“Mathematical sketching is the ability to take drawings and handwritten mathematics and combine them together to create dynamic illustrations that help to visualize the underlying mathematical concept,” says LaViola. In other words, his program brings mathematical equations to life, allowing students to better understand the concepts behind the math.
Using a special program he designed, LaViola can write out math problems by hand and assign values to the equations. In one example, he draws two cars—one represents the rate of velocity and the other the rate of acceleration. With a flick of his pen, the cars speed ahead, with one reaching its destination first.
“It has the potential to ultimately affect millions of people and augment how math is taught and learned in school,” said LaViola, “but at the moment, the program will only work if the math is written down correctly.”
His next challenge is to program the software to recognize wrong answers and illustrate why they are wrong.
LaViola’s interest in hand-written math applications began in 2003 while working on his Ph.D. at Brown University; he is improving and developing the application with funding from the National Science Foundation, which awarded LaViola a 2009 Early CAREER Award for his research. He and several colleagues are working to commercialize the program and started a software company based in Boston, Massachusetts. He sees the application being commercially available in as little as one to two years.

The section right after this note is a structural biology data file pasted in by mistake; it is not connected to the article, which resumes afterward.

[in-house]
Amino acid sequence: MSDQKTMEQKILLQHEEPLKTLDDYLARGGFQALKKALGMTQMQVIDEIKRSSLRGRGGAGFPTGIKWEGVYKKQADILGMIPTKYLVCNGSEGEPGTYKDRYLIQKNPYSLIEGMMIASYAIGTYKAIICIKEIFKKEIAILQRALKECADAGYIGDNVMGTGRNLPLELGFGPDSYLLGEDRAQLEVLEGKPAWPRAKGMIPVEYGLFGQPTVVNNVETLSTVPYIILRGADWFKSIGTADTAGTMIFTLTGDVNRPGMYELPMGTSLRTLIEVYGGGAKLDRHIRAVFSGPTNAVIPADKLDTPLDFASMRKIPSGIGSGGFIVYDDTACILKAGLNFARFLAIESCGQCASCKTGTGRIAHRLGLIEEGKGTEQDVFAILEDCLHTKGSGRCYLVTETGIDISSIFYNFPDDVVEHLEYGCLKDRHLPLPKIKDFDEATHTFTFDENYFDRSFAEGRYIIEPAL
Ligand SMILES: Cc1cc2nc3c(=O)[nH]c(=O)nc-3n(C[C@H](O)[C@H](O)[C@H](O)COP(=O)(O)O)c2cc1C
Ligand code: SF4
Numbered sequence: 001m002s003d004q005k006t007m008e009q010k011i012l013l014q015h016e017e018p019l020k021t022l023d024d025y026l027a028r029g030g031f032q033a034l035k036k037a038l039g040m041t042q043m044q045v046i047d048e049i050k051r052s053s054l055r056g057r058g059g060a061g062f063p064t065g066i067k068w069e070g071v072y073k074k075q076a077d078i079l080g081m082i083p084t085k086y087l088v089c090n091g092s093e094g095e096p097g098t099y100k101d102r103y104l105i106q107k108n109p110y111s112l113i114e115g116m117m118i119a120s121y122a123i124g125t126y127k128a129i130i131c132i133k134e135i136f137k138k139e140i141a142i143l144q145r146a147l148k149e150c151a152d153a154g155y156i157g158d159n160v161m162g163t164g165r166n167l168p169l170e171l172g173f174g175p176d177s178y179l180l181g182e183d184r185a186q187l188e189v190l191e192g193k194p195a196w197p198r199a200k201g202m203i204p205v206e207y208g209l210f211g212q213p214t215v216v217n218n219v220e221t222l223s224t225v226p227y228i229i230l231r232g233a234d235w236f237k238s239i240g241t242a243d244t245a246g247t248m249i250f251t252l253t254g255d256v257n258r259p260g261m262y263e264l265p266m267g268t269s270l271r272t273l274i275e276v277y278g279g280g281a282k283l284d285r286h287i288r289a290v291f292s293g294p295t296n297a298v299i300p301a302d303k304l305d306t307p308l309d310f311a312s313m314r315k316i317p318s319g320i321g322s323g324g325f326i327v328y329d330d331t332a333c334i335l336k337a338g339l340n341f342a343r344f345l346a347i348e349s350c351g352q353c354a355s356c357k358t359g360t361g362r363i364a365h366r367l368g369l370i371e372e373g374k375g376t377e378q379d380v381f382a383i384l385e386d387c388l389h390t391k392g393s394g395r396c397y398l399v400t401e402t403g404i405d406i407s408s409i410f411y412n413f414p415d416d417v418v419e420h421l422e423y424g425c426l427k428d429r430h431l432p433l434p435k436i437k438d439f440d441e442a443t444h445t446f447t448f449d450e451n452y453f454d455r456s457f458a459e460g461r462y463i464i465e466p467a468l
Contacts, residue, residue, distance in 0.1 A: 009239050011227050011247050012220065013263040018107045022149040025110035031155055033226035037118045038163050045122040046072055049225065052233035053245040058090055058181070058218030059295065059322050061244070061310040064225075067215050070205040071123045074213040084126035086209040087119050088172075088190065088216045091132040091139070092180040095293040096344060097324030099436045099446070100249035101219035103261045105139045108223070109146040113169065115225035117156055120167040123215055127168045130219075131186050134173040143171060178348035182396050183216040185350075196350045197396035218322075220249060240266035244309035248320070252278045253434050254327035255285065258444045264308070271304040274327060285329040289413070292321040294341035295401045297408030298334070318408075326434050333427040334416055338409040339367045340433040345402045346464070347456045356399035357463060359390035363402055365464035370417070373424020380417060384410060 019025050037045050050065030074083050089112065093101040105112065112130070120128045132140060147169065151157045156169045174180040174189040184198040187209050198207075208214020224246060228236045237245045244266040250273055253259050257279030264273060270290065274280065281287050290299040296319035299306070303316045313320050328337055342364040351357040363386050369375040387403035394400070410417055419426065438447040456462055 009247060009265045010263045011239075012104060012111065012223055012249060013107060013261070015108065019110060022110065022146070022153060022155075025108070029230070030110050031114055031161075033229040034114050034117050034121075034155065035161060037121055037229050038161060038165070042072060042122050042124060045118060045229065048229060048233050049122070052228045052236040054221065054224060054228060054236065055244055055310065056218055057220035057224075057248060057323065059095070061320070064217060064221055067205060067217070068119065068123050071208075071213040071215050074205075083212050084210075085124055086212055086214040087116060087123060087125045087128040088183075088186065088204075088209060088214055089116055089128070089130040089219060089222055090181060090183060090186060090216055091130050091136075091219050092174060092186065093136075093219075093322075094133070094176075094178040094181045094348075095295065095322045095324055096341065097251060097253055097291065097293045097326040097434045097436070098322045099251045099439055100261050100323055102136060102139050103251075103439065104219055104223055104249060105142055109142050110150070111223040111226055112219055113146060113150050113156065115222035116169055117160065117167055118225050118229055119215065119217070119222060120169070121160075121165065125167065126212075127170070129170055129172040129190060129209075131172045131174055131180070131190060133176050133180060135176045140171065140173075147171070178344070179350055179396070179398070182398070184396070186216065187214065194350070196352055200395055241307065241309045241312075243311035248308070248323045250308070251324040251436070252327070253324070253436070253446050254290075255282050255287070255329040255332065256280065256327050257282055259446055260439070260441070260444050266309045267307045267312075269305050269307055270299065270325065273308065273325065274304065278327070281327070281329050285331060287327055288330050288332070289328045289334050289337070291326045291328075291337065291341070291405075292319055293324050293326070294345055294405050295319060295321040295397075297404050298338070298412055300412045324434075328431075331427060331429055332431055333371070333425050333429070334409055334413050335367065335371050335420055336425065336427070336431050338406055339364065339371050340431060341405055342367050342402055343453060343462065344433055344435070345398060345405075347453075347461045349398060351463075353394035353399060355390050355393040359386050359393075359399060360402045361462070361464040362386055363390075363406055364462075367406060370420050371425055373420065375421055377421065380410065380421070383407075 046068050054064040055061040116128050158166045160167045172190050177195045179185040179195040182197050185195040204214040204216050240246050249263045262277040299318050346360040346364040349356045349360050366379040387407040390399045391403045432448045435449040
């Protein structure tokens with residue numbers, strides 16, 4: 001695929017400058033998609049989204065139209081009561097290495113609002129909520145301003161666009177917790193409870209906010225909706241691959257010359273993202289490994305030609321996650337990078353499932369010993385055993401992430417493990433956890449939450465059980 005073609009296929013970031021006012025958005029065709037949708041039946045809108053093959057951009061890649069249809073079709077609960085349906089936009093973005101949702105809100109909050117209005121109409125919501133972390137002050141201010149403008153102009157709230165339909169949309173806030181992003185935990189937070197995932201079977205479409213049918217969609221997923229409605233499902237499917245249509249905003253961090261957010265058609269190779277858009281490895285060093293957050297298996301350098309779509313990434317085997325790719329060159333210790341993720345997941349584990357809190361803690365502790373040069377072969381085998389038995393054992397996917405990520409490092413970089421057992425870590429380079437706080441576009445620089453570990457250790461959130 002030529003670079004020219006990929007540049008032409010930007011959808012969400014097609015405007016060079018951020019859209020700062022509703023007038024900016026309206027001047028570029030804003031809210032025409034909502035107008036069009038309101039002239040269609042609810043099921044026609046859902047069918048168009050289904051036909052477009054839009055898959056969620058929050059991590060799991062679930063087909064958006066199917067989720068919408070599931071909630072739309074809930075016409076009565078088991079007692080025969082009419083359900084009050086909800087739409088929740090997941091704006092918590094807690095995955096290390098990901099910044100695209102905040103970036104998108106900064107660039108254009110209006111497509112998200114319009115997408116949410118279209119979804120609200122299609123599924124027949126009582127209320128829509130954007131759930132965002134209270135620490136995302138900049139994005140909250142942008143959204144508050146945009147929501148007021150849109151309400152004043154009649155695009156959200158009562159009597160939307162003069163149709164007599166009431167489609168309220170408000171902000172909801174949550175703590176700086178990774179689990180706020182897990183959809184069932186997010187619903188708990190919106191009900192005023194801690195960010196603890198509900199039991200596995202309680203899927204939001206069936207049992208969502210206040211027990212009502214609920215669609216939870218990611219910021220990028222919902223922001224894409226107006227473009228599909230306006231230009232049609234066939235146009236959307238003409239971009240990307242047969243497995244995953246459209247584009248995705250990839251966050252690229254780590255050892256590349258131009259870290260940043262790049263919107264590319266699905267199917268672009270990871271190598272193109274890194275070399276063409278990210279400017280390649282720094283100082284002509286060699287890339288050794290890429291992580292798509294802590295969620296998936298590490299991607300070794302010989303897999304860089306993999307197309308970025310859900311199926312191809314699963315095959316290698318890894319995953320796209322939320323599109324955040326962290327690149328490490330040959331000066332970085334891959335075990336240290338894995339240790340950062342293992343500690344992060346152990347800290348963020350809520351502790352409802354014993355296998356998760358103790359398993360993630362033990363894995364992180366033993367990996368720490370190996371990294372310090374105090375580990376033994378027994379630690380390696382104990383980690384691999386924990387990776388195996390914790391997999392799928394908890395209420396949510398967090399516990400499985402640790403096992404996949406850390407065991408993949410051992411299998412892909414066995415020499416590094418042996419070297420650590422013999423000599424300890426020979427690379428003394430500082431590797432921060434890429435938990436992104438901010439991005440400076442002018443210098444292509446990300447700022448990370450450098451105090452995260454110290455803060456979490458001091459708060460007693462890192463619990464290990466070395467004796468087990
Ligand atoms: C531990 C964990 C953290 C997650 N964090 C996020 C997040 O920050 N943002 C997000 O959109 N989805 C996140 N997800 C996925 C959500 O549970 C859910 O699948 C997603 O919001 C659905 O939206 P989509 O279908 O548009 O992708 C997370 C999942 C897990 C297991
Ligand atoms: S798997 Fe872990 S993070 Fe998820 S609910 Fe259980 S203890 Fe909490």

Currently, testing of the application is being conducted with Calculus I students at UCF and he will extend the tests to Calculus II.
“Teachers have been overwhelmingly positive (of the program),” said LaViola. “Not only is it a tool for teachers to explain math concepts, students also benefit by being able to visualize them, which adds to their understanding. Although the program is currently only being tested at the high school and freshman college level, its reach could easily extend to middle and elementary school students as well,” added La Viola.